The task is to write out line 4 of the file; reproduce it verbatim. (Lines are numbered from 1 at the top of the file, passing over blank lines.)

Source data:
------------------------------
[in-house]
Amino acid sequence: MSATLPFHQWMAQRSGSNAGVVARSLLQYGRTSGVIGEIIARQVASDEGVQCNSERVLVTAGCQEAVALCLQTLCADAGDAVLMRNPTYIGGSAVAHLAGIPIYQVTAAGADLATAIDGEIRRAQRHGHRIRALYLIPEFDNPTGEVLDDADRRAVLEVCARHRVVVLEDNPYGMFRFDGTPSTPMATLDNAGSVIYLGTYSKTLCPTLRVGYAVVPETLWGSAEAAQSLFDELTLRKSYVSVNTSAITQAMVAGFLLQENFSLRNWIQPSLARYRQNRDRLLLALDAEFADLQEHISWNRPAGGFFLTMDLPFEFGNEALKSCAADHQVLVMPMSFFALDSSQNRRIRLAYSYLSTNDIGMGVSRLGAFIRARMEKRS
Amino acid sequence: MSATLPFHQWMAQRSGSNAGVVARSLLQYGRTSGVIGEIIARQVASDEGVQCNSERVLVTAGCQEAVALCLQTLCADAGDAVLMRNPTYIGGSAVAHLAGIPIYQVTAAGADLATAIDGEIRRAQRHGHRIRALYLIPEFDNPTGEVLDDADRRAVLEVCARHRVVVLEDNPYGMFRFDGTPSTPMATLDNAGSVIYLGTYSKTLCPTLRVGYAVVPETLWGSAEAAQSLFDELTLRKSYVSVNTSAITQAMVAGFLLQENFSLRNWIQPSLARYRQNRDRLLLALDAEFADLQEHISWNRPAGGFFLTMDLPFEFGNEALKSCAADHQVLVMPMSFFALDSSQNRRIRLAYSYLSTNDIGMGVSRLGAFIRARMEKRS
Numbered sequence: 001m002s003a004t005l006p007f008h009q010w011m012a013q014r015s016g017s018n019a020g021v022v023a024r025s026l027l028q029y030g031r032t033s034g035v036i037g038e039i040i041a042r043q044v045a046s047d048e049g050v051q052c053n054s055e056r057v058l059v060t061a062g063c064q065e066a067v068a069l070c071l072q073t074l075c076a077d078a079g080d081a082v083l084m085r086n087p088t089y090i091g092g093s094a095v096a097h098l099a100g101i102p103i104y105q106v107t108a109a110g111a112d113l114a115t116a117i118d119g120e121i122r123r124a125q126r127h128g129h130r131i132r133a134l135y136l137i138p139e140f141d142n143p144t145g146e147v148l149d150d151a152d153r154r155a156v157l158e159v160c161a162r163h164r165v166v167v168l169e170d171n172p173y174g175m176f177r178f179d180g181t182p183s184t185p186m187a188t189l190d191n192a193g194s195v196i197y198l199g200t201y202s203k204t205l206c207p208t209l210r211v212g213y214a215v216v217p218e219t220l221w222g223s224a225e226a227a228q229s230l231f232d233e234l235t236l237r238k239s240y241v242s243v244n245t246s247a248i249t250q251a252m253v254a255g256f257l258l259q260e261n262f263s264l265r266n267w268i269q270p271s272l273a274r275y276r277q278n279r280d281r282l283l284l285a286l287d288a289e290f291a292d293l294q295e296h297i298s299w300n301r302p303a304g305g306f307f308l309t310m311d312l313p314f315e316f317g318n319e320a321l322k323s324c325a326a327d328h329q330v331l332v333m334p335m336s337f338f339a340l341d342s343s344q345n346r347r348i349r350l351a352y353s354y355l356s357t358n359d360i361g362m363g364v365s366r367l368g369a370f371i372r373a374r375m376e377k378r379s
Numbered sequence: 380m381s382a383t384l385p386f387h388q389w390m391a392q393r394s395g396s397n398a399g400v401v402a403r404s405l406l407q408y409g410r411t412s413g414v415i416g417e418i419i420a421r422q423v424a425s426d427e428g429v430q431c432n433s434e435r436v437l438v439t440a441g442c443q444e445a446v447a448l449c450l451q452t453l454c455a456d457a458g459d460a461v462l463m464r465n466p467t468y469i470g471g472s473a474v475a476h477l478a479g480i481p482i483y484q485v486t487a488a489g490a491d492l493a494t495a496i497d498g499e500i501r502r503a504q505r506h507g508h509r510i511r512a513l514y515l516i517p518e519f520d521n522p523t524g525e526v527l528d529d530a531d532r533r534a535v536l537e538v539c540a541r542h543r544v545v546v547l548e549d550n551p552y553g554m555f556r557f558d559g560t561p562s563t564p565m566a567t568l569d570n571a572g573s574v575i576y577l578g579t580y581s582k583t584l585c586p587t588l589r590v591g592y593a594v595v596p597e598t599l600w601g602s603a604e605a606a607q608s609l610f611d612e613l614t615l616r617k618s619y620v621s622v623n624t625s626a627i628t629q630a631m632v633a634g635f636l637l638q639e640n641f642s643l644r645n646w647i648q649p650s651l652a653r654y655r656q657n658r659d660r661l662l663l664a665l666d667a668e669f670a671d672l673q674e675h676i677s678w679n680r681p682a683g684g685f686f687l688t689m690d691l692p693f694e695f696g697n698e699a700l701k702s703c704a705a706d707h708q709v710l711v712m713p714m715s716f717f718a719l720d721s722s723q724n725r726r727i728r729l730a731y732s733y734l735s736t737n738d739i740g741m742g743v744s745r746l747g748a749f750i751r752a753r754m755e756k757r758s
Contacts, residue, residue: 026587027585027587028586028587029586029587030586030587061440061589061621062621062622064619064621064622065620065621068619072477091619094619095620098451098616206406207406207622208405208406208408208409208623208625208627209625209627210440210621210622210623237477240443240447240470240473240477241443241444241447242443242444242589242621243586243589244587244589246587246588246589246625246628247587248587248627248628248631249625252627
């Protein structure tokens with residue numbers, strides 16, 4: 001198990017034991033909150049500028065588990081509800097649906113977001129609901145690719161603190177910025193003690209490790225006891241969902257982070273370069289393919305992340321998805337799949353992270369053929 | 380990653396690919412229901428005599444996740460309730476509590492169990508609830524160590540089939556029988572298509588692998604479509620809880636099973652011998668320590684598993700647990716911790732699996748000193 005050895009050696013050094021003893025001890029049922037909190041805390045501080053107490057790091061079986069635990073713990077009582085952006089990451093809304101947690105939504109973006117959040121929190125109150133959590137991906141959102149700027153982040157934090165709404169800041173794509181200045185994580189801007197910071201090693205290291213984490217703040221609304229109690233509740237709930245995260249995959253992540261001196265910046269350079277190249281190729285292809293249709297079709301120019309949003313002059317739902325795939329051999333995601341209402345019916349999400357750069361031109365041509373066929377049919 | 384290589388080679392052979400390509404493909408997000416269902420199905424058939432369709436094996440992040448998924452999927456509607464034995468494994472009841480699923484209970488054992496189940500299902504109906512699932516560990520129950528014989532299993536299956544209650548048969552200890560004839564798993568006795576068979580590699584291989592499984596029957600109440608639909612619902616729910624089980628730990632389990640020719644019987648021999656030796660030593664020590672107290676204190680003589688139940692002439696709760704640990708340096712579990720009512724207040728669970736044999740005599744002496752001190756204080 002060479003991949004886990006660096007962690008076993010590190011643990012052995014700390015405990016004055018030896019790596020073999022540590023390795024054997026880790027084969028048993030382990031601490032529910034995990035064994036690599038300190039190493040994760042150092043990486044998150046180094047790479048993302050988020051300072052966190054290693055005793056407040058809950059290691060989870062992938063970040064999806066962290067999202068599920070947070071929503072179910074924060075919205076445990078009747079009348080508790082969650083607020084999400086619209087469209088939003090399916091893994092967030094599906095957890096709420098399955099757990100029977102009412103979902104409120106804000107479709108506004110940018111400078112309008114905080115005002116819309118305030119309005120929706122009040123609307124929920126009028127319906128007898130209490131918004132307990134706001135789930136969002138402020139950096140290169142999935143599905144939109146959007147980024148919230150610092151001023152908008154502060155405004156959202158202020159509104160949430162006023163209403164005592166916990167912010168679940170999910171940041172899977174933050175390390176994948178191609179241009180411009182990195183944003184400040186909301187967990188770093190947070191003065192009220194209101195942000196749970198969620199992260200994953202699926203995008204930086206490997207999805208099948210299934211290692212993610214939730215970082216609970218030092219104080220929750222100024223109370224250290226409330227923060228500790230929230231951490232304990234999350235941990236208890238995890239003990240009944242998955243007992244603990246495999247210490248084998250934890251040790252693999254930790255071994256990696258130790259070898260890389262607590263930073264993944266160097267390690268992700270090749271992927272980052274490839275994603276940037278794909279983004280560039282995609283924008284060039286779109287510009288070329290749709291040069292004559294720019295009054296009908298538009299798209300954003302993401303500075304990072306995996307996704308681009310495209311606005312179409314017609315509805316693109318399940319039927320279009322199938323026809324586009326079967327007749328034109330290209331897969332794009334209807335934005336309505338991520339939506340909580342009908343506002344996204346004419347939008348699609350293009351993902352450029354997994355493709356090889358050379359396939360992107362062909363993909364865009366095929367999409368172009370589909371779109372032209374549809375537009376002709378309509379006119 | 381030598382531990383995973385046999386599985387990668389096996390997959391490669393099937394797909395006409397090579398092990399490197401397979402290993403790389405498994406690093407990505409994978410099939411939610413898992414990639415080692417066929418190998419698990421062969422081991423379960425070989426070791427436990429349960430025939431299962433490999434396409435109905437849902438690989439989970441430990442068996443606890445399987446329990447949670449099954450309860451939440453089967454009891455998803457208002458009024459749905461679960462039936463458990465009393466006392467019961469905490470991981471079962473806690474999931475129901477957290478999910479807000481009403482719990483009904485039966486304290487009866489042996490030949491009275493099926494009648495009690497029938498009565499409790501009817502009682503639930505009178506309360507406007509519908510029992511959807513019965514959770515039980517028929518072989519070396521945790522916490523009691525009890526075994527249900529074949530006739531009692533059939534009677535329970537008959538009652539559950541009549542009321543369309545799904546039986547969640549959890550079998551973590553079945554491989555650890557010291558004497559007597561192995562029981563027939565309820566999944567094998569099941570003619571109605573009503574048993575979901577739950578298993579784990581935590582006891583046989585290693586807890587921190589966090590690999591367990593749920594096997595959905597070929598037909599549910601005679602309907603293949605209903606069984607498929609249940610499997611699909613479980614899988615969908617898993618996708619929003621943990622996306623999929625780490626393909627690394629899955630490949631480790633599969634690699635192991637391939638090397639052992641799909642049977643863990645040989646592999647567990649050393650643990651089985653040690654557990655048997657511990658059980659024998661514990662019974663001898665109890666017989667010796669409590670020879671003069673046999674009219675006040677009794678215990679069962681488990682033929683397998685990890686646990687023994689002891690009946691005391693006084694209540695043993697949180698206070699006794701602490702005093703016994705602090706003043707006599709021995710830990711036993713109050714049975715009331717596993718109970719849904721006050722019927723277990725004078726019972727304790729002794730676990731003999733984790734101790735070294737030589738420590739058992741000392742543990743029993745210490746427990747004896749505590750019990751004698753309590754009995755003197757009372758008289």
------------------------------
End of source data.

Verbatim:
Numbered sequence: 001m002s003a004t005l006p007f008h009q010w011m012a013q014r015s016g017s018n019a020g021v022v023a024r025s026l027l028q029y030g031r032t033s034g035v036i037g038e039i040i041a042r043q044v045a046s047d048e049g050v051q052c053n054s055e056r057v058l059v060t061a062g063c064q065e066a067v068a069l070c071l072q073t074l075c076a077d078a079g080d081a082v083l084m085r086n087p088t089y090i091g092g093s094a095v096a097h098l099a100g101i102p103i104y105q106v107t108a109a110g111a112d113l114a115t116a117i118d119g120e121i122r123r124a125q126r127h128g129h130r131i132r133a134l135y136l137i138p139e140f141d142n143p144t145g146e147v148l149d150d151a152d153r154r155a156v157l158e159v160c161a162r163h164r165v166v167v168l169e170d171n172p173y174g175m176f177r178f179d180g181t182p183s184t185p186m187a188t189l190d191n192a193g194s195v196i197y198l199g200t201y202s203k204t205l206c207p208t209l210r211v212g213y214a215v216v217p218e219t220l221w222g223s224a225e226a227a228q229s230l231f232d233e234l235t236l237r238k239s240y241v242s243v244n245t246s247a248i249t250q251a252m253v254a255g256f257l258l259q260e261n262f263s264l265r266n267w268i269q270p271s272l273a274r275y276r277q278n279r280d281r282l283l284l285a286l287d288a289e290f291a292d293l294q295e296h297i298s299w300n301r302p303a304g305g306f307f308l309t310m311d312l313p314f315e316f317g318n319e320a321l322k323s324c325a326a327d328h329q330v331l332v333m334p335m336s337f338f339a340l341d342s343s344q345n346r347r348i349r350l351a352y353s354y355l356s357t358n359d360i361g362m363g364v365s366r367l368g369a370f371i372r373a374r375m376e377k378r379s